Biotechnology was a big slice of the pie, although the number of deals was low, as biotech companies typically seek larger loans (around £ 5million) and this poses a concentration risk for lenders.
Most of these deals benefited from venture capital sponsors and therefore were not outright IP financing. Plain and straightforward IP financing secured from future license revenues does exist, but often in the context of enterprise (with shared IP rights) and property loan arrangements provided by specialist property groups intellectual property in a handful of hedge funds and specialist funds.
Significant transactions: Theranos and Patient Capital
One of the most prominent intellectual property loans in the biotechnology sector was Fortress Investment Group’s $ 100 million loan to Theranos in December 2017. The loan guarantee was a portfolio of 726 high quality patents granted. that post-bankruptcy seems to prove. be a very valuable asset from a litigation and licensing perspective.
In the UK, meanwhile, the dramatic collapse of Neil Woodford’s Patient Capital appears to have delivered the 19 life sciences holdings that included the cream of UK biotech into the hands of Acacia Research, possibly the world’s most successful patent monetization entity. It was a deal funded by Starboard, one of the world’s most successful activist investors.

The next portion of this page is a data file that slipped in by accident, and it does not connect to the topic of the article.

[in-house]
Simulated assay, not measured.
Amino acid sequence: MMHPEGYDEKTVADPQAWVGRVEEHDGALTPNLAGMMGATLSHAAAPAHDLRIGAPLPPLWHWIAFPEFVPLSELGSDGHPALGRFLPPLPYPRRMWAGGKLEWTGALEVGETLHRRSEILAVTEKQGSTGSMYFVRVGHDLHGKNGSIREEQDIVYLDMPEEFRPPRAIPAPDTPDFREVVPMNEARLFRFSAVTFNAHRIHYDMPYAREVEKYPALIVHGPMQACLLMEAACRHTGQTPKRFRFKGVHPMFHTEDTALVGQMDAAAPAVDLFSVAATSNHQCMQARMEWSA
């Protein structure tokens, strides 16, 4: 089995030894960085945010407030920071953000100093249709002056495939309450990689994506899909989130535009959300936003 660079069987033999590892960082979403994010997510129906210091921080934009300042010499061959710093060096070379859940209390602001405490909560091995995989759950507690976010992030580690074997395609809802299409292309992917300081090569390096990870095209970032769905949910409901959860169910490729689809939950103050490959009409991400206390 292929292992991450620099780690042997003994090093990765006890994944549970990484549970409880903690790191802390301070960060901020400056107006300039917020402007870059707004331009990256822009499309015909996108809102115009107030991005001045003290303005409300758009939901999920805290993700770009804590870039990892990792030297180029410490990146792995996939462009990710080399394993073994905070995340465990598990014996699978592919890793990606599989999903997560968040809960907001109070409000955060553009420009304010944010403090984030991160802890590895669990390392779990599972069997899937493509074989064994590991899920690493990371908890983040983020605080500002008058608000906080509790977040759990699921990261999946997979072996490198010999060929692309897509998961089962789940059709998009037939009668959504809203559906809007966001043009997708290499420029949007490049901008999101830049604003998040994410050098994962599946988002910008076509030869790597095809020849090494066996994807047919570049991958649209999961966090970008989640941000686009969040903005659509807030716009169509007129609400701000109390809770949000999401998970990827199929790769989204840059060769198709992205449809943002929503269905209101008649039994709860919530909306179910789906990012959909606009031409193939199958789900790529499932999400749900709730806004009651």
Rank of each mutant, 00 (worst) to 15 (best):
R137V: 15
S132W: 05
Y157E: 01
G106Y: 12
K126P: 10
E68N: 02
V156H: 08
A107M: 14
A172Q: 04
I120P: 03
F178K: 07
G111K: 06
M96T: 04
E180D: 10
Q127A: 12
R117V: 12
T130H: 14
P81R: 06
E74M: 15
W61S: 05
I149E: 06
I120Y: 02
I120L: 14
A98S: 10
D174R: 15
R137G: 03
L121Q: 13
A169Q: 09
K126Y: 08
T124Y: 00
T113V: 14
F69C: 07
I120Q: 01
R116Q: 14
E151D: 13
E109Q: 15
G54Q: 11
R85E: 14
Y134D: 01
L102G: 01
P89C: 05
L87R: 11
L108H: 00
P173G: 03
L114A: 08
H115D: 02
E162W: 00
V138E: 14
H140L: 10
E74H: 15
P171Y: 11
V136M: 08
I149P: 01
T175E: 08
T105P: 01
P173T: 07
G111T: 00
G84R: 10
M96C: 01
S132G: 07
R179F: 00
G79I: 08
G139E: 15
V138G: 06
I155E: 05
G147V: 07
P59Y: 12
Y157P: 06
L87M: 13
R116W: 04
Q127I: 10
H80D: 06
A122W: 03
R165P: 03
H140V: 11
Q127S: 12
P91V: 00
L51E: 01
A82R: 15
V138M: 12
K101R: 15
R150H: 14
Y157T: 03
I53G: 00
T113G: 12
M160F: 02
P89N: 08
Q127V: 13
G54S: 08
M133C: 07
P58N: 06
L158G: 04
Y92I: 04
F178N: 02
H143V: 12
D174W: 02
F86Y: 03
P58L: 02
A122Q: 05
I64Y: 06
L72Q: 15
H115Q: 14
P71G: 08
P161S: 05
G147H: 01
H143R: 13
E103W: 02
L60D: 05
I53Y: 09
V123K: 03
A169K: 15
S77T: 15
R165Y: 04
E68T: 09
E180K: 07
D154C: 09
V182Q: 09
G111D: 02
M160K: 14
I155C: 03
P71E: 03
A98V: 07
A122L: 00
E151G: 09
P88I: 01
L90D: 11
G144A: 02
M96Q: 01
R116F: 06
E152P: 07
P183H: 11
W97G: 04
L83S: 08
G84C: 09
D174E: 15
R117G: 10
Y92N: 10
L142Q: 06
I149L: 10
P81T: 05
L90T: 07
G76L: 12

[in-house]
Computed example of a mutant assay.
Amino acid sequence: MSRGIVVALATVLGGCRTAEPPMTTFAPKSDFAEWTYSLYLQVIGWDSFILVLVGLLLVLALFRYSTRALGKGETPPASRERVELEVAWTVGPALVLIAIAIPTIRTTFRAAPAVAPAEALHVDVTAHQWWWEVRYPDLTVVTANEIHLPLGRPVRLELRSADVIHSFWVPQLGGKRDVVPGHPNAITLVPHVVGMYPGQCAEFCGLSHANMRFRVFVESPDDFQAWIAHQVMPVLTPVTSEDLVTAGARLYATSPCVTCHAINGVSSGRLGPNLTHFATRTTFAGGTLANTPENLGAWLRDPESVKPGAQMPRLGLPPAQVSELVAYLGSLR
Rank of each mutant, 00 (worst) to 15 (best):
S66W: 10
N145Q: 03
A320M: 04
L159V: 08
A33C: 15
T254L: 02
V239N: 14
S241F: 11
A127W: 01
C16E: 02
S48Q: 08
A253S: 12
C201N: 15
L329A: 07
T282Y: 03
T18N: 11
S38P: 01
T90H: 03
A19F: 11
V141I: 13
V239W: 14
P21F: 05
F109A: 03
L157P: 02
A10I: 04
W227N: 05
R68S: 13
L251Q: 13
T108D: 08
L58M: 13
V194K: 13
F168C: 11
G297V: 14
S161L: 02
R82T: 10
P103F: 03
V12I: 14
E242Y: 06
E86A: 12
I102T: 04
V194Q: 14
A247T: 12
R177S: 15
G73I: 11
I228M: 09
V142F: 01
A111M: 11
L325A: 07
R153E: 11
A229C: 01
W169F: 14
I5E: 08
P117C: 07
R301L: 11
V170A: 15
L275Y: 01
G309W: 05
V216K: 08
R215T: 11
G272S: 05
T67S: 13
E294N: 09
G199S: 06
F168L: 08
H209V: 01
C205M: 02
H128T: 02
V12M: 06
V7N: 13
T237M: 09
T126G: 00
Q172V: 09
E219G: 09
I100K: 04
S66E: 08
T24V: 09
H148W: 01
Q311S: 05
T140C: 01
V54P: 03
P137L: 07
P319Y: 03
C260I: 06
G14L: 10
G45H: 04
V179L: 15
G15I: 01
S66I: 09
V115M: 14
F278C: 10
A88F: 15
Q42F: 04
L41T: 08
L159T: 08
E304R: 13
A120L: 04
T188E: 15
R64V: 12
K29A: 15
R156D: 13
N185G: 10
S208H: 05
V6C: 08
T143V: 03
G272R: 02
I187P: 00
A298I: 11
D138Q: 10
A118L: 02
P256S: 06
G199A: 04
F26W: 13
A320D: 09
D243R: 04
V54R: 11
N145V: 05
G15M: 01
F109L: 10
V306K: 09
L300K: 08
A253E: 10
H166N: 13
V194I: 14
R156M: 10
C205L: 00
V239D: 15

Beyond Woodford, the biotech sector’s asynchronous funding cycle, the tsunami of public funding unleashed by governments keen to spur healthcare innovation, and an impending global recession are laying the groundwork for a decade of financing of intellectual property. In this environment, struggling biotechnology companies will seek to support themselves by monetizing their patents and growing companies will try to feed themselves by making the most of their intellectual capital.
This article first appeared in I AM. For more information please visit https://www.iam-media.com/corporate/subscribe
Subscribe here for related information, the latest industry news, and cutting-edge market analysis from global experts.
I AM is universally recognized as the world’s leading intelligence platform for practicing lawyers working in the field of intellectual property and patent law.